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  • The Inria's Research Teams produce an annual Activity Report presenting their activities and their results of the year. These reports include the team members, the scientific program, the software developed by the team and the new results of the year. The report also describes the grants, contracts and the activities of dissemination and teaching. Finally, the report gives the list of publications of the year.

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Section: New Results

Wireless Networks

Participants : Imad Alawe, Gerardo Rubino, Yassine Hadjadj-Aoul, Patrick Maillé.

Congestion control. The explosive growth of connected objects is certainly one of the most important challenges facing operators' network infrastructures. Although it has been foreseen for a very long time, it is still not clear how to support such huge number of devices efficiently.

A smarter planning of dedicated access slots would certainly limit the burden, at the access network, but remains insufficient since some equipments react to events which cannot be timed. Moreover, barring some Internet of Things (IoT) devices from accessing the network is very efficient; nevertheless, efficiency is generally linked to precise knowledge of the number of contending devices. Though, before connection establishment, the terminals are invisible to access points and, therefore, it is very difficult to estimate their number. A lower bound of backlogged devices can be determined. However, underestimating this number may lead to a congestion collapse whereas an overestimation implies underutilization of resources. In [14], we propose a lightweight change to the standard to accurately reveal the state of network congestion by overloading connections' requests with the number of access attempts (number of times the device has been barred as well as number of attempts). Using such information, we propose an accurate recursive estimator of the number of devices. The obtained results demonstrated that the proposed solution not only makes it possible to estimate the number of equipments much better than existing techniques, but also allows determining precisely the number of blocked equipments.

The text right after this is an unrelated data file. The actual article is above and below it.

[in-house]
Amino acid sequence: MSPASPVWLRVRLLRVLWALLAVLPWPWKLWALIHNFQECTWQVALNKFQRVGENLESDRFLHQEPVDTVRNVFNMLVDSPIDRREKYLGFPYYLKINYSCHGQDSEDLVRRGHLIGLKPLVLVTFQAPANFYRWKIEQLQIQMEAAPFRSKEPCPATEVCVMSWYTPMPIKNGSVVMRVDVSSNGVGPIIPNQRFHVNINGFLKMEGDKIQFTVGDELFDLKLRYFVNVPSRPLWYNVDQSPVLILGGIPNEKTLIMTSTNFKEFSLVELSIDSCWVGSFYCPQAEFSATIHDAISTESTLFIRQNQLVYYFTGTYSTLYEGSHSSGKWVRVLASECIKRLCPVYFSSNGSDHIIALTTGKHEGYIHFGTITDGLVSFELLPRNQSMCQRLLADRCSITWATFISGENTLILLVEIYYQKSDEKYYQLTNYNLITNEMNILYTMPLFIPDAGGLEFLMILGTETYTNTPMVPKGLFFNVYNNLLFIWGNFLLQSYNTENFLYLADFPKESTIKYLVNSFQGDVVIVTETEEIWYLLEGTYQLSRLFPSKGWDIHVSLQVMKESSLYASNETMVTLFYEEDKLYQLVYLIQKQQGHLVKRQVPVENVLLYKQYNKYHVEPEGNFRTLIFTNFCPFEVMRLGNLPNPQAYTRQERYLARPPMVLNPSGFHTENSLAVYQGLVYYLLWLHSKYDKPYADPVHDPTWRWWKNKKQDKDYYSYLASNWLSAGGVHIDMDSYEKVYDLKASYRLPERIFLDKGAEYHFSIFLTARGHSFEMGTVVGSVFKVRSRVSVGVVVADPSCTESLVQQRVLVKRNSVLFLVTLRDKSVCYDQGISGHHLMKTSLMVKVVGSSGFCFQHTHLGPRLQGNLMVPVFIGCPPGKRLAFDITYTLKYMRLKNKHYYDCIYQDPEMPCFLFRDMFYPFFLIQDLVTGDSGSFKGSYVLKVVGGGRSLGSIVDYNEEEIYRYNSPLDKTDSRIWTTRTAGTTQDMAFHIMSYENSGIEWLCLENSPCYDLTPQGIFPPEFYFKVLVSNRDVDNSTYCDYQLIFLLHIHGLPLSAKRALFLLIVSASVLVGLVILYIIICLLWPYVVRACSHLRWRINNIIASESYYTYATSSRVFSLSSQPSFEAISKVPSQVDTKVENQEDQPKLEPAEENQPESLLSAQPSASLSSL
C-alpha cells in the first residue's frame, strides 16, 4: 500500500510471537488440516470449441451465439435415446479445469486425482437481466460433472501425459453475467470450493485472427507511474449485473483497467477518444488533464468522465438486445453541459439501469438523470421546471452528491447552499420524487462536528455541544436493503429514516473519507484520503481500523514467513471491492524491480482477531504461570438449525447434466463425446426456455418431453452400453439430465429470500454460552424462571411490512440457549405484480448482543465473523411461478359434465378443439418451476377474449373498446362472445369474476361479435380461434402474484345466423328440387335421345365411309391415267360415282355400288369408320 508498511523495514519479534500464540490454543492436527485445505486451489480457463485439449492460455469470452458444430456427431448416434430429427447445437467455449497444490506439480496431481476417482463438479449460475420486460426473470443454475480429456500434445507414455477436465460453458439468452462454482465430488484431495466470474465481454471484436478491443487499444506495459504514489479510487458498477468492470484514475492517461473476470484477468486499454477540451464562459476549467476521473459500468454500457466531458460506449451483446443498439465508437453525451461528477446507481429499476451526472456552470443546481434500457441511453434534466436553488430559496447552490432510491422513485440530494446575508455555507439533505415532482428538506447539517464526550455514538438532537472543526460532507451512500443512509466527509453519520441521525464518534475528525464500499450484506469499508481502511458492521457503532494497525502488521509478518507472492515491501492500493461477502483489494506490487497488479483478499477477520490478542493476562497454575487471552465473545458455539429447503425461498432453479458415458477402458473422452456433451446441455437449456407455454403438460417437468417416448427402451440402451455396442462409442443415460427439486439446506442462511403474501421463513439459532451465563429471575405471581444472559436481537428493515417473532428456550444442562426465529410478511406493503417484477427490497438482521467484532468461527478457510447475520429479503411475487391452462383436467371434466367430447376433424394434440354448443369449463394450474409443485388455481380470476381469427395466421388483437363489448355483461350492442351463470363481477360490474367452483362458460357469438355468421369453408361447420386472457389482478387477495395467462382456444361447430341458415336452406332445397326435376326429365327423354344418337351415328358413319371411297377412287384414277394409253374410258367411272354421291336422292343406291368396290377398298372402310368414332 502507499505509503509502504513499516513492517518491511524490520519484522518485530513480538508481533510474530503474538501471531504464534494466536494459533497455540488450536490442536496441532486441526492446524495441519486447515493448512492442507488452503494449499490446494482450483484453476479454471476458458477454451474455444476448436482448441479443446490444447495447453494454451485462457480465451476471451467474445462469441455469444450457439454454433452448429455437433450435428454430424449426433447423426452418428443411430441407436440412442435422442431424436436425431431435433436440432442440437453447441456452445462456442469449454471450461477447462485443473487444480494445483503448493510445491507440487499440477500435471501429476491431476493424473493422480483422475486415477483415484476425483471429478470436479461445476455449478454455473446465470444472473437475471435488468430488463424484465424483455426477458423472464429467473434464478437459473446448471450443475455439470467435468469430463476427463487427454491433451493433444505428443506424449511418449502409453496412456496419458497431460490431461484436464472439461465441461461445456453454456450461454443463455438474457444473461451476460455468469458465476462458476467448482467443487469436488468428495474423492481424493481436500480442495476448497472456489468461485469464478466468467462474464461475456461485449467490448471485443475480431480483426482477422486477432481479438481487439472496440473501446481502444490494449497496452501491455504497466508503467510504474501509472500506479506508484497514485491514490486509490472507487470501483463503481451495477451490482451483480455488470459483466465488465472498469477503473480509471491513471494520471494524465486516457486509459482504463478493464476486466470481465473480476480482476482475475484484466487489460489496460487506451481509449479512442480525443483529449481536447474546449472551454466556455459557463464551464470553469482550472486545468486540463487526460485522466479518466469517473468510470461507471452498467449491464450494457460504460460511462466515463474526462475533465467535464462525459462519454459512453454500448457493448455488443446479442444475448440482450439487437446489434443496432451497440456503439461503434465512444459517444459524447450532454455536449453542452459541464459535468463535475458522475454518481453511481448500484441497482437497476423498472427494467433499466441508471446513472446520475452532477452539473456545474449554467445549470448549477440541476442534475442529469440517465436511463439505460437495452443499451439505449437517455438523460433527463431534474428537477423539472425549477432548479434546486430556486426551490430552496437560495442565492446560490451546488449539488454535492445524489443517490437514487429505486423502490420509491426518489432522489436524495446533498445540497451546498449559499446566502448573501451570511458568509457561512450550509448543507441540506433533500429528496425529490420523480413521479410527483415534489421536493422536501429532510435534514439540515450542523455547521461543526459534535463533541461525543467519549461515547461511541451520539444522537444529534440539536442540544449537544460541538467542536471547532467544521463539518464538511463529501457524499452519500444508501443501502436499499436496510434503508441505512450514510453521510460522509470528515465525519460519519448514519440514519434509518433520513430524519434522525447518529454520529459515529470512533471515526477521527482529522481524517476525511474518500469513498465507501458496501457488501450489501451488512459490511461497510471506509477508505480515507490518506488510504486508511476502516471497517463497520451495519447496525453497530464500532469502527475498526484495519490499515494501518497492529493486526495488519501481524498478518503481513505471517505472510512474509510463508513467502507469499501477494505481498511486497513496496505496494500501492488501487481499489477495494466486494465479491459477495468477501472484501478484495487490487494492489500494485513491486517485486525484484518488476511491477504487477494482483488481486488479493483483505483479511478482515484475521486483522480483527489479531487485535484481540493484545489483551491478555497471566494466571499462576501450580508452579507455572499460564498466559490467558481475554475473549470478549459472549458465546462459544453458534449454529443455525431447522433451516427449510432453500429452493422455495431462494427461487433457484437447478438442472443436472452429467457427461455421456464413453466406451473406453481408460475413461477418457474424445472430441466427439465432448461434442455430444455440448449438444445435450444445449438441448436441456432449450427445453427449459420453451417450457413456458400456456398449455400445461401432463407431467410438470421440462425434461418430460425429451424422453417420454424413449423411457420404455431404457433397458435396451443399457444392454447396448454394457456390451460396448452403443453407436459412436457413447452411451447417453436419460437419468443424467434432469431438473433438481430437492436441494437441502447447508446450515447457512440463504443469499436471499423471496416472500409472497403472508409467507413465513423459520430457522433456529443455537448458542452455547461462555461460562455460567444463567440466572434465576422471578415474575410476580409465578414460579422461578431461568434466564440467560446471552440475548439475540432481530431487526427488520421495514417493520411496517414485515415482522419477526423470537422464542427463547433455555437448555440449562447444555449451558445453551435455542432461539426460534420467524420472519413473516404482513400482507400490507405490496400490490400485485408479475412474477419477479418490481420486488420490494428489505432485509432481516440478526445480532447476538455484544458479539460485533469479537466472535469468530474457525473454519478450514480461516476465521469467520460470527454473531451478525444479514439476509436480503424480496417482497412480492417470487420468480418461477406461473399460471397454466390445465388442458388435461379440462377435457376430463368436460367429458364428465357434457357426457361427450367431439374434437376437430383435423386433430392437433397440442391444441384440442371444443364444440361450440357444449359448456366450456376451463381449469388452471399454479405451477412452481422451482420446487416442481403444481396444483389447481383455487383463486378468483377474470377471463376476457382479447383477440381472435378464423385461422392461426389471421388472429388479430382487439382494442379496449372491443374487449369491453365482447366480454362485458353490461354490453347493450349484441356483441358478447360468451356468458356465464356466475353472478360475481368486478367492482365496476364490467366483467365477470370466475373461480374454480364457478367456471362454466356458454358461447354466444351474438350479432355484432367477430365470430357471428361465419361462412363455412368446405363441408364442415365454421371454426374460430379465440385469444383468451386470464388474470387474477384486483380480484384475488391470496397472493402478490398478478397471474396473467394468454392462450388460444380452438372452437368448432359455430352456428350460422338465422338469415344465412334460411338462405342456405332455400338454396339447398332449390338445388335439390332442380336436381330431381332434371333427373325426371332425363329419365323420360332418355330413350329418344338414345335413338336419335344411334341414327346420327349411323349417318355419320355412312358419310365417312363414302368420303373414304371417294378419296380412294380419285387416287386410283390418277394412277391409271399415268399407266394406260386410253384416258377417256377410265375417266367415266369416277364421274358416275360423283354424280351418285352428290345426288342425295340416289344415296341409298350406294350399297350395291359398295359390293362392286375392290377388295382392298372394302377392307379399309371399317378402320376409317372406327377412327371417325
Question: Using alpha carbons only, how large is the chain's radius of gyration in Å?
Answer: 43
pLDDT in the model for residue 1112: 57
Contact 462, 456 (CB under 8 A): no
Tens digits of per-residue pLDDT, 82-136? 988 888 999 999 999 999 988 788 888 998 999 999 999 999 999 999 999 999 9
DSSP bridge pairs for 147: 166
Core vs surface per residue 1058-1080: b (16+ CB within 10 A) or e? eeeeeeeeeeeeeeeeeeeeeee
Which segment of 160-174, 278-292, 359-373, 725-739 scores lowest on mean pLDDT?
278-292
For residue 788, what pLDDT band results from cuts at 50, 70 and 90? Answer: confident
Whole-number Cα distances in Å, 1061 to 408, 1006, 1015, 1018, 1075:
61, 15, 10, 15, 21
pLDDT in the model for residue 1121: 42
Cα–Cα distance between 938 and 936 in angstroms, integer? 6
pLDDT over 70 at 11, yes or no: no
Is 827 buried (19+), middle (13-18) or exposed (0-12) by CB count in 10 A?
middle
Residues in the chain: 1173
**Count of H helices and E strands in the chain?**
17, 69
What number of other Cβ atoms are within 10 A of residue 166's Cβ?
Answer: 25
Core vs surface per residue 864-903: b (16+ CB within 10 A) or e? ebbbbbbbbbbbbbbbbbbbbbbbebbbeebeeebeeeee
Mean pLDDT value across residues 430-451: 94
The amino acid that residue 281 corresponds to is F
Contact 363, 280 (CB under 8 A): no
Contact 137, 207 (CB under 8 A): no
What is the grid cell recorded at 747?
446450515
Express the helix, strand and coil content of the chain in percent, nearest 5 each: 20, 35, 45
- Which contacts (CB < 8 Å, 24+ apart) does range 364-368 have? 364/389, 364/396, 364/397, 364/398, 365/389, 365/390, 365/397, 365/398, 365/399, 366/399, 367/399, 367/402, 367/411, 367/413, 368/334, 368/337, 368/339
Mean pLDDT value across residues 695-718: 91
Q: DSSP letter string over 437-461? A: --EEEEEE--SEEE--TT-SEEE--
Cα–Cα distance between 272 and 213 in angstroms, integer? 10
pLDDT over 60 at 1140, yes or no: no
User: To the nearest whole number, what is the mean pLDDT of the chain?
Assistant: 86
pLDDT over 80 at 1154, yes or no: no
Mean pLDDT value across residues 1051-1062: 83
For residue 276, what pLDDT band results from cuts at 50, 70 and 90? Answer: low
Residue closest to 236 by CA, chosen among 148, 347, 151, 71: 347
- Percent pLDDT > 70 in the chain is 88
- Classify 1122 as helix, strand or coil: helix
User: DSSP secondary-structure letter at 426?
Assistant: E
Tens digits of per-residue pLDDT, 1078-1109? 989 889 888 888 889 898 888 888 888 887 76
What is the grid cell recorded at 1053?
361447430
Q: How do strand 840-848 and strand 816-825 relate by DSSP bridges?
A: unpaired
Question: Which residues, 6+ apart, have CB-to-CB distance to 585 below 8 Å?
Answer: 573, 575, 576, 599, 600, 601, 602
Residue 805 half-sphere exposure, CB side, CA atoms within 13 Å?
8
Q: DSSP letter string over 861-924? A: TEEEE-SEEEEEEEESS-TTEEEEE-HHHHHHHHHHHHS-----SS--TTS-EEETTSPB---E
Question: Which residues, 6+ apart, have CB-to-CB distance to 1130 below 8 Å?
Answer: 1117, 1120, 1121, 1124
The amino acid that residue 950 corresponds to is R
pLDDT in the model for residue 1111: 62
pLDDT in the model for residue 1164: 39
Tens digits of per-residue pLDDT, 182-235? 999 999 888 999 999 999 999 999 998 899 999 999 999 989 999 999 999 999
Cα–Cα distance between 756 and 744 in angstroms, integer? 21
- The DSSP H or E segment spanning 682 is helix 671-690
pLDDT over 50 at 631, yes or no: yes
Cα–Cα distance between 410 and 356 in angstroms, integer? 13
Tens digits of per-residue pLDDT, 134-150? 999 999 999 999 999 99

Even if the support of IoT objects represents a real challenge to the access, as mentioned above, it is nevertheless important to support them effectively in the core network, this is one of the requirements of 5G networks. While this represents an interesting opportunity for operators to grow their business, it will need new mechanisms to scale and manage the envisioned high number of devices and their generated traffic. Particularity, the signaling traffic, which will overload the 5G core Network Function (NF) in charge of authentication and mobility, namely Access and Mobility Management Function (AMF). The objective of [34] is to provide an algorithm based on Control Theory allowing: (i) to equilibrate the load on the AMF instances in order to maintain an optimal response time with limited computing latency; (ii) to scale out or in the AMF instance (using NFV techniques) depending on the network load to save energy and avoid wasting resources. Obtained results via computer system indicate the superiority of our algorithm in ensuring fair load balancing while scaling dynamically with the traffic load.